GAINESVILLE—Gainesville City Council members are exploring the options of installing an electric vehicle charging station in one of the city's downtown parking lots.
Aaron Luque, President and CEO of EnviroSpark Energy Solutions, told council members at Thursday morning's work session that it costs about $4,000 to install the unit, but about half of that cost is subsidized by Georgia Power.
"You're looking at pennies to the session when somebody plugs up," said Luque.
Estimates by the city said it would cost about $30-50 per month to run the station, depending on whether or not payment is required for charging.
"Most EV (electric vehicle) drivers are okay with paying a small fee to extend their (driving) range," said Luque.
The station would be located at the corner of Broad Street and Maple Street, near the downtown parking deck.
"Our original thought was that we should put it in the parking deck," said Catiel Felts, Public Information Officer for the city. She said the parking lot would make more sense, since a power source is readily available at that location. Such is not the case for the parking deck.
One option city leaders considered is offering the service free of charge for a short period of time after installation, then moving to a paid system somewhere down the line.
"In life, as a general principle, there's nothing free. But if it would be an economic engine to bring people downtown, I could get behind this," said Councilman Sam Couvillon.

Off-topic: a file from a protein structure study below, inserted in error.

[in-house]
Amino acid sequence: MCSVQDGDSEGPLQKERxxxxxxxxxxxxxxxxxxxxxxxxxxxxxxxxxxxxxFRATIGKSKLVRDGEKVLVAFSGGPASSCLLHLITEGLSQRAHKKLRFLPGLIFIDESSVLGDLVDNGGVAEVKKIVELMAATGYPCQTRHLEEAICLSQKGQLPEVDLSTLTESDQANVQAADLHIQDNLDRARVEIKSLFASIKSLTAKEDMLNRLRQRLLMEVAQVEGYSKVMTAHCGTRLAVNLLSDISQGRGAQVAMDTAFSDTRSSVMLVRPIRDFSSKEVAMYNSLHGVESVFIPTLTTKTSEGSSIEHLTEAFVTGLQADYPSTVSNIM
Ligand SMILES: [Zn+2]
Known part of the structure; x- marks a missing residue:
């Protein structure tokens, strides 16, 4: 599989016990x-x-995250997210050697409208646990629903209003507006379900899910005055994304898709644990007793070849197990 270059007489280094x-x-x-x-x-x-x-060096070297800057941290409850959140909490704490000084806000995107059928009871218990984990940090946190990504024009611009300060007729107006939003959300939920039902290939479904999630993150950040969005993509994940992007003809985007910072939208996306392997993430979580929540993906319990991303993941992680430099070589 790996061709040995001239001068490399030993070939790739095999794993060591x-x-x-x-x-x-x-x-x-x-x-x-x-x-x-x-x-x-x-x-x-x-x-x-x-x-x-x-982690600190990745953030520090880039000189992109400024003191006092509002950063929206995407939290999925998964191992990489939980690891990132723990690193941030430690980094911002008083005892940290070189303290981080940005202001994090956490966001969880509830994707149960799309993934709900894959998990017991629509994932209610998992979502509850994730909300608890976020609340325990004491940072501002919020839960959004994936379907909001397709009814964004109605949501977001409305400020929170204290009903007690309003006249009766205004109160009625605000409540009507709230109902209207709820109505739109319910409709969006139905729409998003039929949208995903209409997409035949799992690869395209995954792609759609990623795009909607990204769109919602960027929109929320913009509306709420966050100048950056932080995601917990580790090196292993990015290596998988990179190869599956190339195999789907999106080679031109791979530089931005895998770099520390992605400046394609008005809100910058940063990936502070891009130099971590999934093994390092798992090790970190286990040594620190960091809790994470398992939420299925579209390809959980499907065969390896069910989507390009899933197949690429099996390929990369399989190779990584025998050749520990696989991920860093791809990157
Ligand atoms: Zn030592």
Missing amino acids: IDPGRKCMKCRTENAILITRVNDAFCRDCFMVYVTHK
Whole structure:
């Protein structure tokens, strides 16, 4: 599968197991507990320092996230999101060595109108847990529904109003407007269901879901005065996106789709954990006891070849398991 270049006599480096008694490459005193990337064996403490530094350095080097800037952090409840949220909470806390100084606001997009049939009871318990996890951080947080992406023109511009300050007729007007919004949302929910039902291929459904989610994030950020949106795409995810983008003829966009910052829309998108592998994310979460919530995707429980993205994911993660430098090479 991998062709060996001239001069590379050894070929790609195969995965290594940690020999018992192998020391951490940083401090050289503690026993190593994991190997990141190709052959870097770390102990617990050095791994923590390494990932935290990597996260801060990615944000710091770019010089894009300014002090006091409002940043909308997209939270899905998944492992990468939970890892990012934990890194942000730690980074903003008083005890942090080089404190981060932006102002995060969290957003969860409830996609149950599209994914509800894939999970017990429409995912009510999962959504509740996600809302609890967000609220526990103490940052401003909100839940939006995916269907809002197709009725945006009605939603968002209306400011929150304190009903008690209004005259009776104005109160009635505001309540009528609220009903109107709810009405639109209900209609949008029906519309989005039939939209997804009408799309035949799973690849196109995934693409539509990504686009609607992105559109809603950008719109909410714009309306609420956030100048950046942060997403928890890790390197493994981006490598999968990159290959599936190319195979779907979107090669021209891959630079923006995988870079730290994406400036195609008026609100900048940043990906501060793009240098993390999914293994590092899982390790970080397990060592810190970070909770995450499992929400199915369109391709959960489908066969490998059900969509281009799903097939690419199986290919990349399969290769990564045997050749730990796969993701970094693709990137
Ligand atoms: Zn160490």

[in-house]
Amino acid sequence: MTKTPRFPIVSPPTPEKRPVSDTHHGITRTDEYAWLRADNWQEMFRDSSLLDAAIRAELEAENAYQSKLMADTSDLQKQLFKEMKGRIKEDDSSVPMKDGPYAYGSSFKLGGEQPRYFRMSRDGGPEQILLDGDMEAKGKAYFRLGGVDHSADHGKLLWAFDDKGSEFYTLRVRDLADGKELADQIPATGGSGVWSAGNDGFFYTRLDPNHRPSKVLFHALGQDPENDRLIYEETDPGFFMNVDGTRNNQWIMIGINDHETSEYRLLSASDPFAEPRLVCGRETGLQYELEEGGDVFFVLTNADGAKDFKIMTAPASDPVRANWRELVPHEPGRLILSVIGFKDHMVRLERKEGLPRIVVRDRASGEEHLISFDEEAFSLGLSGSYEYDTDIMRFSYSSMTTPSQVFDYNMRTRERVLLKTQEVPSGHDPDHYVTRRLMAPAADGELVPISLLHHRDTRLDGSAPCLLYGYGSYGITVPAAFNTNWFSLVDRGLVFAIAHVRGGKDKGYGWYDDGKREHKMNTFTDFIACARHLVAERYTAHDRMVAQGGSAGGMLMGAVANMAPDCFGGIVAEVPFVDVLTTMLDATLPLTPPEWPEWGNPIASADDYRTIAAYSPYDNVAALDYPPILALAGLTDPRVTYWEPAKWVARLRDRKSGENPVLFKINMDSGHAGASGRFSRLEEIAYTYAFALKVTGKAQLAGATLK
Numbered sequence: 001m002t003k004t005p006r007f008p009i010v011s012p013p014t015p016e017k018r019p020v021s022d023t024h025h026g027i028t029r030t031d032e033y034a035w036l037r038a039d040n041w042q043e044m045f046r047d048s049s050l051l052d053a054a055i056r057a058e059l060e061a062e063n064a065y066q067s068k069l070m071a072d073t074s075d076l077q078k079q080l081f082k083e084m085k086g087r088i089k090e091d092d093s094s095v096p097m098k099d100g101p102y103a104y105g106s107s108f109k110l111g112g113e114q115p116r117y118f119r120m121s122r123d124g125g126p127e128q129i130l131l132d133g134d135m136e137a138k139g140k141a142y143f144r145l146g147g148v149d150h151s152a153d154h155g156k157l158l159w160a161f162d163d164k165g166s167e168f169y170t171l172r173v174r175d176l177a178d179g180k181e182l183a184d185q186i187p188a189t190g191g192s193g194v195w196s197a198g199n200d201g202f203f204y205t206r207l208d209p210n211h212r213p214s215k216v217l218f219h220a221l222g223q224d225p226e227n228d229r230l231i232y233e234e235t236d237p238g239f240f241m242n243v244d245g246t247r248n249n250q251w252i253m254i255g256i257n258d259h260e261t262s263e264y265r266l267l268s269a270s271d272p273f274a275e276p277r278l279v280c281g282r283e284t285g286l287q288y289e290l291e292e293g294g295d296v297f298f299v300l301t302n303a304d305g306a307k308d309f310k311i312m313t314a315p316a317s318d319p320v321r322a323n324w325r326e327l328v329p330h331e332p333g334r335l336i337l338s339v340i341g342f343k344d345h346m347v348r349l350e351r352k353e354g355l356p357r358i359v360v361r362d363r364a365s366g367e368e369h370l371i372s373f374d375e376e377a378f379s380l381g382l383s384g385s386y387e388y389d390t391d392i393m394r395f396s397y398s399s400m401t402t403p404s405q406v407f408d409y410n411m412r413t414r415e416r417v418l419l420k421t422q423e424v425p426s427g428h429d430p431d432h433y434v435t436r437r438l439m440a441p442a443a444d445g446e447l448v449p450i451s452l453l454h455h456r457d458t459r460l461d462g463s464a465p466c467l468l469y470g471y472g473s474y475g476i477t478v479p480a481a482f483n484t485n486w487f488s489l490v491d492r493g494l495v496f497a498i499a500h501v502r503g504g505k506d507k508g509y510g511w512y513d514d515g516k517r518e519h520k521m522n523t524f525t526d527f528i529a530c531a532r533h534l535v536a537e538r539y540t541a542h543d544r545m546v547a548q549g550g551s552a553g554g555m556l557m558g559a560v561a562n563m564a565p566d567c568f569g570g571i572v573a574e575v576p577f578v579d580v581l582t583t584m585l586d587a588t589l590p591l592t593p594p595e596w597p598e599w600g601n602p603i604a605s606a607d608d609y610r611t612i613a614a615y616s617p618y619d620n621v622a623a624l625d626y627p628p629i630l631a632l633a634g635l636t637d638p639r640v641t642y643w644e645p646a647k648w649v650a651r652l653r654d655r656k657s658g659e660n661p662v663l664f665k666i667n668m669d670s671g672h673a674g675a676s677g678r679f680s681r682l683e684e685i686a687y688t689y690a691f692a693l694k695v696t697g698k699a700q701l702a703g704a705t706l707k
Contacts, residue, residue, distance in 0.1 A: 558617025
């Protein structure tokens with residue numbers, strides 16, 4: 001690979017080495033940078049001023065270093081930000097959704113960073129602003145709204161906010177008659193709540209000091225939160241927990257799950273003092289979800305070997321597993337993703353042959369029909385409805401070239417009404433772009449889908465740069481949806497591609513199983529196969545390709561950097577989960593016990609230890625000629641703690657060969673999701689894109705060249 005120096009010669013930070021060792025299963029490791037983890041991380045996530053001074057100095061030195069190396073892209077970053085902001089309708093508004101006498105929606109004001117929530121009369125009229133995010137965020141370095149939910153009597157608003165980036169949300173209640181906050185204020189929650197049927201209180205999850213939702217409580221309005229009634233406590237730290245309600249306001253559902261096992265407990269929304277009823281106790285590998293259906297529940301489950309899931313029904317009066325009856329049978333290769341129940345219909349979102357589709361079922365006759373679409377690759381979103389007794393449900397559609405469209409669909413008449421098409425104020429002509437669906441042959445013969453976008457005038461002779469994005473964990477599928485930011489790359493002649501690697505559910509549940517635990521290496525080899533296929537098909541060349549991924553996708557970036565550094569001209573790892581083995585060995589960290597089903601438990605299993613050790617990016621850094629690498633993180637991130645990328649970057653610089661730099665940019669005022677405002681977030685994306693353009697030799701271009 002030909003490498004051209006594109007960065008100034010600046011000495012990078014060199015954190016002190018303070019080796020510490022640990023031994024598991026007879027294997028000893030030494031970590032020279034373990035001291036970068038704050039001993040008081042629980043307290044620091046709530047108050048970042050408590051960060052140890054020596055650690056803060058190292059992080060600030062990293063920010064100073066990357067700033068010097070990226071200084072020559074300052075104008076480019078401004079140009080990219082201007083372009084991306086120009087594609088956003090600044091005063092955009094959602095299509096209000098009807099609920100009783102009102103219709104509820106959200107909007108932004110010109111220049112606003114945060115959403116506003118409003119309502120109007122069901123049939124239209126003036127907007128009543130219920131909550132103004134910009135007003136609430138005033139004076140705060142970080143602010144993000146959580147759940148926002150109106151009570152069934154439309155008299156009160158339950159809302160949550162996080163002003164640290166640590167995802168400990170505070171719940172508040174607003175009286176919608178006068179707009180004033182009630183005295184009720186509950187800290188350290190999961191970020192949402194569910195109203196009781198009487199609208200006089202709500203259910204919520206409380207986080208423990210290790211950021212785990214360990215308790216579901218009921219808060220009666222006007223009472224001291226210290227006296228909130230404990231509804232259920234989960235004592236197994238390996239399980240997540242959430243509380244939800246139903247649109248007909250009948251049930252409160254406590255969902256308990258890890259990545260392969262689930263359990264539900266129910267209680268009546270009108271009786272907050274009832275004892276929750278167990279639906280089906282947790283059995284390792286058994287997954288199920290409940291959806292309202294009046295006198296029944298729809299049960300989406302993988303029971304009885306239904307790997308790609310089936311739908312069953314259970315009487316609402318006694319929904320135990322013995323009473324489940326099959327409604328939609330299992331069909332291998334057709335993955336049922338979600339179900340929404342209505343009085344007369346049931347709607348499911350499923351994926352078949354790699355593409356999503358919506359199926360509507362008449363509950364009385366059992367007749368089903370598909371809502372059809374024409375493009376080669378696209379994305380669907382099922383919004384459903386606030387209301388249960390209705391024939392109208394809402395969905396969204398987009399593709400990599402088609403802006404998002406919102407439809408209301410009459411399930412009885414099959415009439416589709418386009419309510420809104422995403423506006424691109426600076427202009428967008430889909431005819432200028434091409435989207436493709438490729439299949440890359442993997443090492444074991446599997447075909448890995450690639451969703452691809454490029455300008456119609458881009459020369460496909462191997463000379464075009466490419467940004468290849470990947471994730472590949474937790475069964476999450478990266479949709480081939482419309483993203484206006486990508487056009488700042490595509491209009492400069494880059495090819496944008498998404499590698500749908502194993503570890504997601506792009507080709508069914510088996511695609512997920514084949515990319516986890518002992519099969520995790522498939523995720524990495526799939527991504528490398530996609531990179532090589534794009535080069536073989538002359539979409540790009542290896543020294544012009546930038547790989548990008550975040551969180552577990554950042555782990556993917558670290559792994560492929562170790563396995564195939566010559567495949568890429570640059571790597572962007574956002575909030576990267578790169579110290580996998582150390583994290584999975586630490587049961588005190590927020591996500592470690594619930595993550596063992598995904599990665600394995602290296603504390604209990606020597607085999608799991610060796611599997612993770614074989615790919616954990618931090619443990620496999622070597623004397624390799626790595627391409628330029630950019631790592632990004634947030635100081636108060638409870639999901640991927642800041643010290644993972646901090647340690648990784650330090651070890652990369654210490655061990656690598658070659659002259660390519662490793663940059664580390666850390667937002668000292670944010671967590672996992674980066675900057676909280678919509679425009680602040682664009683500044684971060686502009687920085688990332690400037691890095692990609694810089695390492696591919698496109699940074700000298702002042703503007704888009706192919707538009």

In the Gainesville area (according to the "Plug Share" app), charging stations are already in place at the Kroger on Jesse Jewell Parkway, Carriage Kia and Nissan on Browns Bridge Road and the University of North Georgia's campus.
The city of Suwanee just installed a charging station of its own, and city leaders opted to go the paid route, charging $1.50 up front, then 10¢ per minute after that. EnviroSpark was the company behind that station as well, and Luque said it's a "level three" charging station, which can get a car to full battery capacity in about 15 minutes.
"I'm inclined to say we need to charge a fee for this," said Couvillon.
By making it a paid feature, Luque said, it encourages drivers not to "hog" the space. Many municipalities will charge a cheaper fee (or no fee at all) for the first two to three hours, then charge a higher rate after that, which encourages drivers to get their fill, then move along.
"You're not just going to sit under the trees for two hours," said Felts. Instead, she said, users will be inclined to walk downtown to shop or eat.
"I'd like to see the options," said Mayor Danny Dunagan.
Documents presented to councilmembers said Georgia saw an increase in registered electric vehicles from 1,469 to 10,482 in a period of time from March 2013 to March 2014. The Peach State is second only to California's 77,222 electric vehicles.